Words can sometimes be innocuous. "We publicized civil disobedience and lock-downs..." doesn't sound like much does it?
When I first saw the Pepper Spray incident, I had the TV sound off, and I thought I was watching something from some third world country, until the phrase "Humboldt County" popped up on the screen. I was horrified, along with many others. Those were just idealistic young kids, and that should never have happened, I believed.
I had a conversation with a friend in the news business who had seen the entire video, not just the few seconds that were broadcast around the world. The comment made was that you would not believe how considerate the officers were, and how many times they gave the protestors the chance to unlock themsleves. And that this was all planned, you know. There had been a previous incident in which pepper-spray had been swabbed onto protestors eyes that had not gotten much publicity. That this time, they had gone in to provoke an incident, in the Congressman's office. That it was a planned PR move.
I was unimpressed at the time, adamant in my indignation over what had been done to the kids.
But when I read the self promotional piece below in which the activist PR firm takes credit for publicizing civil disobedience and lockdowns, I knew in an instant that my friend was right. And that we have all been played. Our goodwill has been abused and used.
Worse, those young kids were sent in there to have Pepper Spray applied to their eyes. Activists scream about the torture to this day.
But in my opinion, sending those kids in there is only one step away from strapping suicide vests on them and sending them out to blow themselves up. Using the idealistic youth as pawns in order to gain advantage is unforgivable.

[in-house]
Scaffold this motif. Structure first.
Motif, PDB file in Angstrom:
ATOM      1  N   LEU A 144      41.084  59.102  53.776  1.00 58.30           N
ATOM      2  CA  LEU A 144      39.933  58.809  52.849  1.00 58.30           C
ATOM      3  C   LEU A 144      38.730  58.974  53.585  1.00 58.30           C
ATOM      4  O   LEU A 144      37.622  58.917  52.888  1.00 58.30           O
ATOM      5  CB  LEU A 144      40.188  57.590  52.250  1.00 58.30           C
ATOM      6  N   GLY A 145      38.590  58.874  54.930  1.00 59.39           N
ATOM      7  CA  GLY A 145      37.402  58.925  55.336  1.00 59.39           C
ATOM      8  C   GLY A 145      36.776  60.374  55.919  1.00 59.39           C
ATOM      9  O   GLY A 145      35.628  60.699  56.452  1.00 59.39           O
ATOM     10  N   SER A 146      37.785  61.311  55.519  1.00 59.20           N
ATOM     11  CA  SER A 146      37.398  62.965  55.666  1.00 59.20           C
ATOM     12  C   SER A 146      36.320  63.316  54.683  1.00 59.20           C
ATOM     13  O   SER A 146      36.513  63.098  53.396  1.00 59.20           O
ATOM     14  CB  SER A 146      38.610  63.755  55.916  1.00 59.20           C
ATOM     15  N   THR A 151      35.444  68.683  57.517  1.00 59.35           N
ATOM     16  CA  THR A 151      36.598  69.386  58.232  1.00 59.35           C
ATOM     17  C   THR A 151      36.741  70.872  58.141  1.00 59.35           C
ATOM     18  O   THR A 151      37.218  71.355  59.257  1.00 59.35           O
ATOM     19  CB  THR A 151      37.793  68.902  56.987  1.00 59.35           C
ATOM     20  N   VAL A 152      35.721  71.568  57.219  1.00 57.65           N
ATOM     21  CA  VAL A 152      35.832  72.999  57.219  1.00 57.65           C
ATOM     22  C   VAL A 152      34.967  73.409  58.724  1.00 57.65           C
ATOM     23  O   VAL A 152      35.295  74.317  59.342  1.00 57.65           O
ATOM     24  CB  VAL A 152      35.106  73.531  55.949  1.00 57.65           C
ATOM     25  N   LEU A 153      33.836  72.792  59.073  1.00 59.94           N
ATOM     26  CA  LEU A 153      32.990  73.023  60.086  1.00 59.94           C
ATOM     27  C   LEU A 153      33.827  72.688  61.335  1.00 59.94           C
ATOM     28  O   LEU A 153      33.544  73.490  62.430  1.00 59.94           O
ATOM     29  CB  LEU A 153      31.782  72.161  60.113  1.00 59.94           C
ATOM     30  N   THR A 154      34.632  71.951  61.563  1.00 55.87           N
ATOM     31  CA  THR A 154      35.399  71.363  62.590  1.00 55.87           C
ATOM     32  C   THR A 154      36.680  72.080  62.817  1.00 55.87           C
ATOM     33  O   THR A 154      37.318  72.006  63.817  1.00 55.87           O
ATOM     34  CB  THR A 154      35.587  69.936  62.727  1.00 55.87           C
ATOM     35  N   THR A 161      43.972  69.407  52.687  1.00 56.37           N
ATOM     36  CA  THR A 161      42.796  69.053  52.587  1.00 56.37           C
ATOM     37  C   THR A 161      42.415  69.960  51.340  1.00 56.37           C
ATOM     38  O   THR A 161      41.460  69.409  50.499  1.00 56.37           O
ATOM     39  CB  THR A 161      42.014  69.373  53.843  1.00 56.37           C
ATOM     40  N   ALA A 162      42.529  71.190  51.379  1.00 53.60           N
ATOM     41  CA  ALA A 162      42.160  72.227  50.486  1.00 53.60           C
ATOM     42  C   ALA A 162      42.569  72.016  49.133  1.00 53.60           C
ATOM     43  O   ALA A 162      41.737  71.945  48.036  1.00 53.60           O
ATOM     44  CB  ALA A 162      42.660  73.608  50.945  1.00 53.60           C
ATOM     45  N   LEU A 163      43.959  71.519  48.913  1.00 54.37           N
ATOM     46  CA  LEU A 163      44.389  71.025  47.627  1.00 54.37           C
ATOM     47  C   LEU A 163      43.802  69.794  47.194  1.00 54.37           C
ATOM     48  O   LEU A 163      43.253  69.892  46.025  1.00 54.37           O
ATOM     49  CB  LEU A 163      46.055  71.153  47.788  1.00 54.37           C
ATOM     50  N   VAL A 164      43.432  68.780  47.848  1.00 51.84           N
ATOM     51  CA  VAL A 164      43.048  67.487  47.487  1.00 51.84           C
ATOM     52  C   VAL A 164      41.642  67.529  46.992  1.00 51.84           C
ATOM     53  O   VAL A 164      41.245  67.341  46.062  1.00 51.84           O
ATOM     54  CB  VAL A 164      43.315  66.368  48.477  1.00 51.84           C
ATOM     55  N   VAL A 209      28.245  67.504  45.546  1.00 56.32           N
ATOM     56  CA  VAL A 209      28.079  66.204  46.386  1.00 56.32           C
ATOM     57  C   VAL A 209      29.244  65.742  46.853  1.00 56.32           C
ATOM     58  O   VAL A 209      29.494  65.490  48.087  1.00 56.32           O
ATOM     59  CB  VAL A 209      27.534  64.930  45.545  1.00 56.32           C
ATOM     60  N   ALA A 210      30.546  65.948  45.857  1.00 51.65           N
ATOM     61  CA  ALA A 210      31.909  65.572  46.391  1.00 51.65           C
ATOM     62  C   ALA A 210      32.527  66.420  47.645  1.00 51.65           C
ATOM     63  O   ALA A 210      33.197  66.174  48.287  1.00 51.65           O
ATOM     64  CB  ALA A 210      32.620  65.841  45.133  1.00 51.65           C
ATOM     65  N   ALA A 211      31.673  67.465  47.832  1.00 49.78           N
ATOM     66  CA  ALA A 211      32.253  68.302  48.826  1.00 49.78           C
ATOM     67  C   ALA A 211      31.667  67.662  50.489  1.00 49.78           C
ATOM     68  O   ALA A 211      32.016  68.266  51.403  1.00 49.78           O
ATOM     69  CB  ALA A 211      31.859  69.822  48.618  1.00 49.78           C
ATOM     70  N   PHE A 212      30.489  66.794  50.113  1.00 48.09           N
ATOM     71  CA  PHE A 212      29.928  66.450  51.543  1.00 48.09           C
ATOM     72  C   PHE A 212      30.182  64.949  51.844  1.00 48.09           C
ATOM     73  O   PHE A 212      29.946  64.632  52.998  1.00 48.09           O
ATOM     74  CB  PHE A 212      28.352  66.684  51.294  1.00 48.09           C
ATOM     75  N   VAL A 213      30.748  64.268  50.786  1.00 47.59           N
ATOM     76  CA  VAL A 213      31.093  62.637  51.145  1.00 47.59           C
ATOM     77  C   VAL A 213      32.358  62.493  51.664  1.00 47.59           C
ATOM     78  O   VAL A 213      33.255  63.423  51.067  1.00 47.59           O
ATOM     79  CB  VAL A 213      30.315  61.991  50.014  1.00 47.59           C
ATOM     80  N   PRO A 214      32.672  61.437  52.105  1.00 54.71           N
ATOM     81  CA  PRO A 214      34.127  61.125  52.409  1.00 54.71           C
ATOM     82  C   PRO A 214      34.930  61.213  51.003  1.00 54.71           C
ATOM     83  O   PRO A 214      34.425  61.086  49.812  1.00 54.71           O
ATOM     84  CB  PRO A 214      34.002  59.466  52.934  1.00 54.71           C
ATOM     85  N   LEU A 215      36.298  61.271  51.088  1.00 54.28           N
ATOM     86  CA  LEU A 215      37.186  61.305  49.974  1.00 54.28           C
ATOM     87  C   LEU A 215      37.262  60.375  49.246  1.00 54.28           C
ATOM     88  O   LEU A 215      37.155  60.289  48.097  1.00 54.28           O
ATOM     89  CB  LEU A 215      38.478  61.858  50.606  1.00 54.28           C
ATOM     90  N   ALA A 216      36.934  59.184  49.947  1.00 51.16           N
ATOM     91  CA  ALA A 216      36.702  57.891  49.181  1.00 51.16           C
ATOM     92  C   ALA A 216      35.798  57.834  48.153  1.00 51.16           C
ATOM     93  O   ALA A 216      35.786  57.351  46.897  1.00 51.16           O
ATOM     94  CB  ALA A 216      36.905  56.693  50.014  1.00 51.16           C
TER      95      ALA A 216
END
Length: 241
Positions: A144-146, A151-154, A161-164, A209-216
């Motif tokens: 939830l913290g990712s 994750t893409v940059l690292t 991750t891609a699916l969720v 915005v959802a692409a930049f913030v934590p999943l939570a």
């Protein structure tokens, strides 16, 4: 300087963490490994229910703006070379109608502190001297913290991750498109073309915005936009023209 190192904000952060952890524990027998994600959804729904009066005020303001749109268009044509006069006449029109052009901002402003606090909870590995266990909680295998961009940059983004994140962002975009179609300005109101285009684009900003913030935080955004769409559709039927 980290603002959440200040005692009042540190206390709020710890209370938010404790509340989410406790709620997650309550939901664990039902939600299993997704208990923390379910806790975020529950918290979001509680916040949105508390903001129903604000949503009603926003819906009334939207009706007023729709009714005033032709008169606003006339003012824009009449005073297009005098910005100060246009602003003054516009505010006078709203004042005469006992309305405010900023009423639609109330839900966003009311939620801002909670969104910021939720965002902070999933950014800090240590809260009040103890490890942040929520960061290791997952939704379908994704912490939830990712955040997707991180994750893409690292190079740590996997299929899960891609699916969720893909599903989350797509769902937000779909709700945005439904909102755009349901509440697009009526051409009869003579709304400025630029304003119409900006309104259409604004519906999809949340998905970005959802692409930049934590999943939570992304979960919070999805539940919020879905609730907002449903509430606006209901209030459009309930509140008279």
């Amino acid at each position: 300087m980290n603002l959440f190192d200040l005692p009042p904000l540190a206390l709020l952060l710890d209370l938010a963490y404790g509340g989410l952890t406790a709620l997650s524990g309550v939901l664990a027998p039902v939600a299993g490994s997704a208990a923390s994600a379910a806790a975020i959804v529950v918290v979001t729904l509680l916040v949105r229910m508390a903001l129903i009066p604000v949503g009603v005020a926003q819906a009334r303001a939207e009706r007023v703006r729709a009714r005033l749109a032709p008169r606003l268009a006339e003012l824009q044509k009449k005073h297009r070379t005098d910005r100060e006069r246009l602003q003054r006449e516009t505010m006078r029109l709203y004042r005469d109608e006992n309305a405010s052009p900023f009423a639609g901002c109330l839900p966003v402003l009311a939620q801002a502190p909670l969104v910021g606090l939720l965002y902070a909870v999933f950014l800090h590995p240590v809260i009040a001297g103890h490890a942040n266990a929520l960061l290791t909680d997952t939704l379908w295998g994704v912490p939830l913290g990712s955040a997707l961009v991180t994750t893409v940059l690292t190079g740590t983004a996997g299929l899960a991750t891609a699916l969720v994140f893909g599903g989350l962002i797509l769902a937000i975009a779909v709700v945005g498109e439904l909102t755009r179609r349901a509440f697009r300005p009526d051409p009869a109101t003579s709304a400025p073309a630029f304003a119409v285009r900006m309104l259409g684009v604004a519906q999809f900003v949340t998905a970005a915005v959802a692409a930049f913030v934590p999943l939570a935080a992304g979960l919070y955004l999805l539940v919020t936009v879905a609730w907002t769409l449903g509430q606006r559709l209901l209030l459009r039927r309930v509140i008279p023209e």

That is the other side of the much publicized Pepper Spray incident. And it is part of this decade long effort to "get" one company, Palco.
That's my opinion. You can draw your own conclusions.
"Once the deal was struck, however, our work was far from over."
An excerpt from Fenton Communications Website:
http://www.fenton.com/casestudies/headwaters.asp (since pulled down)
"We built a communications strategy around two key elements: consensus for protecting 60,000 acres of old-growth and casting the redwood conflict as a battle against corporate greed, embodied by Charles Hurwitz, the lumber baron and CEO of Maxxam Corporation, which owned Headwaters.
For the next two years, Fenton provided media strategy and outreach on a broad range of initiatives to mobilize public support and pressure Hurwitz and policy makers to protect the forest. We went beyond the usual suspects - environmentalists - to build influential and newsworthy alliances with religious leaders, local residents, small business leaders, and celebrities such as Woody Harrelson and Bonnie Raitt.
We publicized civil disobedience and lock-downs, lawsuits and high-level government meetings. We drew on the expertise of the state's top scientists, and leveraged the support of law makers to lend credibility and political traction to the cause. As the drama escalated, so did the media coverage, spreading beyond California to the New York Times, Wall Street Journal, Business Week, and all the major national TV networks.
In 1998, feeling the heat on their necks, government officials brokered a $380 million deal with Hurwitz to buy the crown jewel of the forest, the 7,500-acre Headwaters Grove.
Once the deal was struck, however, our work was far from over. Part of the agreement involved the Orwellian-titled "habitat conservation plan", which gave Maxxam the green light to log much of the company's remaining 200,0000 acres."
Communication Works (founder)
(http://www.communicationworks.org/who.shtml) (since pulled down)
Michael Shellenberger, Executive Director
"As a media consultant and strategist, Michael has been instrumental in shaping public opinion on a range of issues, including forest protection, sweatshops, gay rights and the drug war. In 1996 Michael co-founded Communication Works, which is today the largest public interest PR firm on the West Coast.
As the lead media consultant behind the Headwaters Forest Coalition's struggle to save the world's last old-growth redwoods still in private hands, Michael helped focus the message and maintain the onslaught of public pressure that led to stronger protections for California's ancient trees...."
then Shellenberger joined
Fenton Communications (Western Division Director)
Co-Founder and President
and that is not all.